Opinion

The Great Debate

Scotland can expect one heckuva hangover after independence vote – yes or no

RTR44CO3.jpg

Scotland will soon be suffering from a monumental hangover. There will be a lot of hurt heads, a lot of tears and, without a doubt, an immense amount of anger that will last who knows how long — weeks, months, maybe even years — if Alex Salmond’s dream of independence comes true.

The Sept. 18 referendum on independence is quite unlike any other United Kingdom election I have witnessed. It is much more visceral, with so many complicated currents swirling beneath one simple question: Is Scotland in Britain or out of it? There are a lot of people going with their gut instinct, and you sense that if the outcome goes against them, the simmering rage will finally bubble over.

Rioting in the streets? Perhaps.

The problem for the Unionists is that nothing they can say will ever match that magic potion being served up by the Scottish Nationalists — that beautiful policy that can be summed up in one sweet word: “change.” 

If you’re not happy with things at the moment — with the UK’s current Conservative government; with the state of the National Health Service; with the perceived snootiness of the English — then simply vote for change.

It’s a message that has been promised by Tony Blair, by Barack Obama and by almost every Western leader for more than a century.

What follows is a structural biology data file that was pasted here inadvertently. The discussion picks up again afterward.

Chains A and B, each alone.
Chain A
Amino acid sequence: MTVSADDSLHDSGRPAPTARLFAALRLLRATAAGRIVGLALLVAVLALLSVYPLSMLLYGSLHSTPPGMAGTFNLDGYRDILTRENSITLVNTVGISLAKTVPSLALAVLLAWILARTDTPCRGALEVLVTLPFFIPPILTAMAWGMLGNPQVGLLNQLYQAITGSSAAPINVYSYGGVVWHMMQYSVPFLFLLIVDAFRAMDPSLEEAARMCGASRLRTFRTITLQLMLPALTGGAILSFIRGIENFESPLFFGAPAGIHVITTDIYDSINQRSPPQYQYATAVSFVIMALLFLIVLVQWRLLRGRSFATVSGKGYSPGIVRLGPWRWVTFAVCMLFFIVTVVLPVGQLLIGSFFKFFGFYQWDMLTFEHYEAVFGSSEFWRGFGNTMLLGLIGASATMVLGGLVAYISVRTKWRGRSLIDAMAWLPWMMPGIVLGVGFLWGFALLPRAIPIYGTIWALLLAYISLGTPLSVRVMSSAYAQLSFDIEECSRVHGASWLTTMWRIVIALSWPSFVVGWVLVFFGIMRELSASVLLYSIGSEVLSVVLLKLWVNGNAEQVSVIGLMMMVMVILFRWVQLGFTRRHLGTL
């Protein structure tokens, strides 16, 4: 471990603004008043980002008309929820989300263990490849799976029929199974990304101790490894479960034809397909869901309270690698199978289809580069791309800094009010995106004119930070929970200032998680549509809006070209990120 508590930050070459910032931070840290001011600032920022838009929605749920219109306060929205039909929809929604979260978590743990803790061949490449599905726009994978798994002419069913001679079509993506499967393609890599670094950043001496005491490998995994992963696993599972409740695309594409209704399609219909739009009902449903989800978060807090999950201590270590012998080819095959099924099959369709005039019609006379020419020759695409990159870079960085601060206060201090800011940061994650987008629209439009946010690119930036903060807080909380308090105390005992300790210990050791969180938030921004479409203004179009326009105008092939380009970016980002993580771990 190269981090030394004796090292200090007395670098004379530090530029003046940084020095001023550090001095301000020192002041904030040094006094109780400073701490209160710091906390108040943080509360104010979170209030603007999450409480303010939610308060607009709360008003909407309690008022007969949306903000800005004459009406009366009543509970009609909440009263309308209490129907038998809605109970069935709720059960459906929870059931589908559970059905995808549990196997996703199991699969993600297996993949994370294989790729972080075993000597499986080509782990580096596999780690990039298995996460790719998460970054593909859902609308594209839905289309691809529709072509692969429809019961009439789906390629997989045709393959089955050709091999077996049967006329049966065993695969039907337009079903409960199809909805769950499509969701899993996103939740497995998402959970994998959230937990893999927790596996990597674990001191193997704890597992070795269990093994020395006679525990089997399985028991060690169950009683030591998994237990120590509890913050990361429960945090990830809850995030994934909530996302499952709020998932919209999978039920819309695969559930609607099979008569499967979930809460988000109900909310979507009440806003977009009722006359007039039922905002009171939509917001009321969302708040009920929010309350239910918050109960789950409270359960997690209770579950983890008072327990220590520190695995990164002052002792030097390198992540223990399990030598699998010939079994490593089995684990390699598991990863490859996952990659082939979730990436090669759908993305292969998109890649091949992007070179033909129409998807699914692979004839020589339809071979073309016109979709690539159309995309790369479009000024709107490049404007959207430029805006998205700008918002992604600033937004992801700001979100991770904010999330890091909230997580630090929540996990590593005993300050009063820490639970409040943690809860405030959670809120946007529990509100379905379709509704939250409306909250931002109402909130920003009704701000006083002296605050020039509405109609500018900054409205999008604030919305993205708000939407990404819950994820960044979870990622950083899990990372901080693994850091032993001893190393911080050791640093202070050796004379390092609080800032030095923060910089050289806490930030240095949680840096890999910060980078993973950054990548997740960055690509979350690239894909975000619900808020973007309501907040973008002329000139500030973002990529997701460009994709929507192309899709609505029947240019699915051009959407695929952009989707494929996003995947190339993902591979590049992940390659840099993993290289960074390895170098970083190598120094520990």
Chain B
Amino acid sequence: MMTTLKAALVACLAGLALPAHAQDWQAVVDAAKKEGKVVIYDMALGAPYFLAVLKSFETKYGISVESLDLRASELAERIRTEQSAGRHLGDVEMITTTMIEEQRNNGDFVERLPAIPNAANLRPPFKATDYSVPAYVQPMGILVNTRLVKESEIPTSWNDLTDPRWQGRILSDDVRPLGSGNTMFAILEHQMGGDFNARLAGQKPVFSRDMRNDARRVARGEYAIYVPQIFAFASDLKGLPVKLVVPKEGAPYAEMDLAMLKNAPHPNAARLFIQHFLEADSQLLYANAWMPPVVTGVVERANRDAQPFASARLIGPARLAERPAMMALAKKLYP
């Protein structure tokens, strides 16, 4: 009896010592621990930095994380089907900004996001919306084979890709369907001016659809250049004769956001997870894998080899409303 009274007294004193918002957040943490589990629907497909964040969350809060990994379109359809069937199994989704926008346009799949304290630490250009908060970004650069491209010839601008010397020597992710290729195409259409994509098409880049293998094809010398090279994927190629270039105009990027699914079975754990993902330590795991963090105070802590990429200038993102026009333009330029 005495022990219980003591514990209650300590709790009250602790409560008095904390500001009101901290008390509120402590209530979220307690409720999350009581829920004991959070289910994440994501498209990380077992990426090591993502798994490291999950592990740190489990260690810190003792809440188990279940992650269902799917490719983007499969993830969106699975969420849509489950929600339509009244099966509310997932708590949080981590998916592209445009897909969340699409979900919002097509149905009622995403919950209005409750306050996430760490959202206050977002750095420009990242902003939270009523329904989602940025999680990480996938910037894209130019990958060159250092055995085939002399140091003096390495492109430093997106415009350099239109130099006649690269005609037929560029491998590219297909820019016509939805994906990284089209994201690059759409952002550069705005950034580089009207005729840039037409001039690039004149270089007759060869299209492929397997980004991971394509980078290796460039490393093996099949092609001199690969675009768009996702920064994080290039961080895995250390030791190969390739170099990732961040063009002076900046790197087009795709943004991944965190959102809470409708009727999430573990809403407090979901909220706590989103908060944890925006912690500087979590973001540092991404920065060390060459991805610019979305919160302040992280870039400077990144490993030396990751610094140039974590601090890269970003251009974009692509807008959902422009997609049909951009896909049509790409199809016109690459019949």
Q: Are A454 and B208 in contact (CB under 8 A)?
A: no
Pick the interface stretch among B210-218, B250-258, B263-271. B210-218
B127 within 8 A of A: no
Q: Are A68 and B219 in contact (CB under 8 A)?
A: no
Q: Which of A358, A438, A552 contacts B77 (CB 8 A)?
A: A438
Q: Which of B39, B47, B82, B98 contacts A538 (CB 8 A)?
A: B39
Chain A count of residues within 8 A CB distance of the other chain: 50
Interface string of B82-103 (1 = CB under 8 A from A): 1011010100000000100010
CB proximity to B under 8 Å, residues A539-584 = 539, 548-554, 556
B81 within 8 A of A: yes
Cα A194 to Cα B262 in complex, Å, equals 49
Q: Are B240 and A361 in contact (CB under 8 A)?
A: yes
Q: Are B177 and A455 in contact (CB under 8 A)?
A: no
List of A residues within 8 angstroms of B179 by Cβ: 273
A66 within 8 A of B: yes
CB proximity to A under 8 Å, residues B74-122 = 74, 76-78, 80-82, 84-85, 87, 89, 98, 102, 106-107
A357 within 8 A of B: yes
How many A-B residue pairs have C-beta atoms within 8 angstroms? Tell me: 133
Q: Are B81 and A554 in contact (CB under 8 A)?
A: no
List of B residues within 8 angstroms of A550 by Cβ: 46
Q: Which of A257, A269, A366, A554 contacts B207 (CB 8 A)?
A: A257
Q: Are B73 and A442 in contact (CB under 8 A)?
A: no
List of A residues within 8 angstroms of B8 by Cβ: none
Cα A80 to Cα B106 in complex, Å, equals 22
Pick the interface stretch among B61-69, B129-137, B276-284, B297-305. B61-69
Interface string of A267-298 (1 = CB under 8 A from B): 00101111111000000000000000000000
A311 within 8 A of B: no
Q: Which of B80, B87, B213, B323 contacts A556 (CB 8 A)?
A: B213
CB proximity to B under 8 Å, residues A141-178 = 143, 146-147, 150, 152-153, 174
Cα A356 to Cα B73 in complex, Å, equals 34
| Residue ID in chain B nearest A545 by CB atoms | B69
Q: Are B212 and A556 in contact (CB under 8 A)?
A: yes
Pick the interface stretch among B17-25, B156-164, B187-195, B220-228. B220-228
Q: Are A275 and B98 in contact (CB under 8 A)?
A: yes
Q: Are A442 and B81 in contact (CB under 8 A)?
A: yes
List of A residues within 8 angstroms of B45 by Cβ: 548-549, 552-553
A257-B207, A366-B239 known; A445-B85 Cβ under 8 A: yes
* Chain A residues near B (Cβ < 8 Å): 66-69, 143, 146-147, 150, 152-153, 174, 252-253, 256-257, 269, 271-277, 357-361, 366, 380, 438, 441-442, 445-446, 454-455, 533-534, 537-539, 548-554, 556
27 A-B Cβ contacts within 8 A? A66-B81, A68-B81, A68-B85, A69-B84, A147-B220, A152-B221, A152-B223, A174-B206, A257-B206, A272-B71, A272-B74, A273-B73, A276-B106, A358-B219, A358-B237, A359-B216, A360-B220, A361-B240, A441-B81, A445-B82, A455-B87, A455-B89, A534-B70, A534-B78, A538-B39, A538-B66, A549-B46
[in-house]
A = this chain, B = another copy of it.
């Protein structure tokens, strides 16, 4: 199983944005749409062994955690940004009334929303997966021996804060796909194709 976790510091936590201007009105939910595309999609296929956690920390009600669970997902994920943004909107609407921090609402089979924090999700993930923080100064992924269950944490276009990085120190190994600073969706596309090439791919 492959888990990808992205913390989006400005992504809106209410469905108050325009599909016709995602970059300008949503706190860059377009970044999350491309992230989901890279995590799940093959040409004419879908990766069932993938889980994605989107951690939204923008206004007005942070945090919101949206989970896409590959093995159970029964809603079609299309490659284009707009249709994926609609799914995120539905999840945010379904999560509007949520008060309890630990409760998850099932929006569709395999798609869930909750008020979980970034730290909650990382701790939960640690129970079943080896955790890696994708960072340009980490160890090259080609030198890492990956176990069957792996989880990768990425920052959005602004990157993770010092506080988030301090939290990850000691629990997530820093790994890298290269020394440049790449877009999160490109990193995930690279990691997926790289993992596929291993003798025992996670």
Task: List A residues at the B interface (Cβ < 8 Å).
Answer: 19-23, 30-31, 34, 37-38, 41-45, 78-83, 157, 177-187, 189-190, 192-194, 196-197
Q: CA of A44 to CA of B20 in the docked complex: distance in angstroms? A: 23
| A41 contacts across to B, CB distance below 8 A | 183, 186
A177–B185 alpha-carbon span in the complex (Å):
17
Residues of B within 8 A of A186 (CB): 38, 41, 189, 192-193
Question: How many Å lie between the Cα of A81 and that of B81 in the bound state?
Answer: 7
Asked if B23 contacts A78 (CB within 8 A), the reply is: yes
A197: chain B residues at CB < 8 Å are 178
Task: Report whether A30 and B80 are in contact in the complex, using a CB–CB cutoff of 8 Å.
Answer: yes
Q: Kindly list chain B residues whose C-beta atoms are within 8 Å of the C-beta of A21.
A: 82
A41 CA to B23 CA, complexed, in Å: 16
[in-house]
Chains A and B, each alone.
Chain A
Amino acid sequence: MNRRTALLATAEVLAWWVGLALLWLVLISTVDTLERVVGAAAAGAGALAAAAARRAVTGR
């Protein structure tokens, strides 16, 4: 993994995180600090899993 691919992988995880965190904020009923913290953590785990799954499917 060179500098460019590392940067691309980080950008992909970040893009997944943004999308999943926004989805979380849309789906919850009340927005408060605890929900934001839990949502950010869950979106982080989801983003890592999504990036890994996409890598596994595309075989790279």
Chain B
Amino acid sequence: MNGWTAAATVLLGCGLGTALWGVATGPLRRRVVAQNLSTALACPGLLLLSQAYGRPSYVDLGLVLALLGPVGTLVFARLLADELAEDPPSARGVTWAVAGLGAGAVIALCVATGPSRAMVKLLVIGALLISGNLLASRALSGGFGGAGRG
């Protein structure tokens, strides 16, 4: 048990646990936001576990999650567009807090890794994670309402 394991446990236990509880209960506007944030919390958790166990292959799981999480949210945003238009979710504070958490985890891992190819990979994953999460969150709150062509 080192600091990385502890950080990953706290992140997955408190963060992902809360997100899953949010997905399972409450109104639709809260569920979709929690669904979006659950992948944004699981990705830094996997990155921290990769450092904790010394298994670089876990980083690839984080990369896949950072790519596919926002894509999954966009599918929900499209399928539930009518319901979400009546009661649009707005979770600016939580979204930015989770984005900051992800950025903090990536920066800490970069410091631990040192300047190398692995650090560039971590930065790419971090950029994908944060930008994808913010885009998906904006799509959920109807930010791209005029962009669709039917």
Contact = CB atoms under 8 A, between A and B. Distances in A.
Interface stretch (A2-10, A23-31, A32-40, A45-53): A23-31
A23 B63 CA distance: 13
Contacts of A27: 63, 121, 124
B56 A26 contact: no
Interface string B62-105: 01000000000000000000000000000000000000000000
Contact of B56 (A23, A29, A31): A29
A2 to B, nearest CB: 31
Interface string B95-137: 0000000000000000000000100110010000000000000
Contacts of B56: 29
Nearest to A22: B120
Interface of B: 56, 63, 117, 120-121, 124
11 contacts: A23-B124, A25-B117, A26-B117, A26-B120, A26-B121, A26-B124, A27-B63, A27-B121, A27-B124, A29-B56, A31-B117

from The Great Debate UK:

Cameron tasked with changing Brits’ expectations

-- Mark Kobayashi-Hillary is the author of several books, including ‘Who Moved my Job?’ and ‘Global Services: Moving to a Level Playing Field’. The opinions expressed are his own --

After thirteen years, it’s all over. The New Labour project is dead. Or is it? Tony Blair brought British politics to the centre-ground and ensured that a single party could support free-market economic policies as well as social justice.

And that’s what most people want today, a government that can help the citizen without hindering the economy through the dogma of dated ideology. The old notion of socialists waging war on small-government-right-wingers feels somehow quaint. Clearly Tony Blair knew that David Cameron would be his successor in the New Labour project, but nobody told Gordon Brown.

from The Great Debate UK:

Labour hits the right nuclear button

REUTERS-- Neil Collins is a Reuters columnist. The opinions expressed are his own --

Here's a novelty -- an awkward process that this British government has actually got right. Labour has played a fine game of grandmother's footsteps in its realization of the inevitability of new nuclear power stations, and this week has clinched the sale of two sites for them.

The auction process, pioneered by Labour with the sale of radio spectrum for mobile phones, has once again raised much more than most observers expected.

Germany's RWE and Eon are now the proud owners of land at Wylfa (on Anglesey, an island off a remote corner of Wales) and Oldbury (Gloucester, England).

  •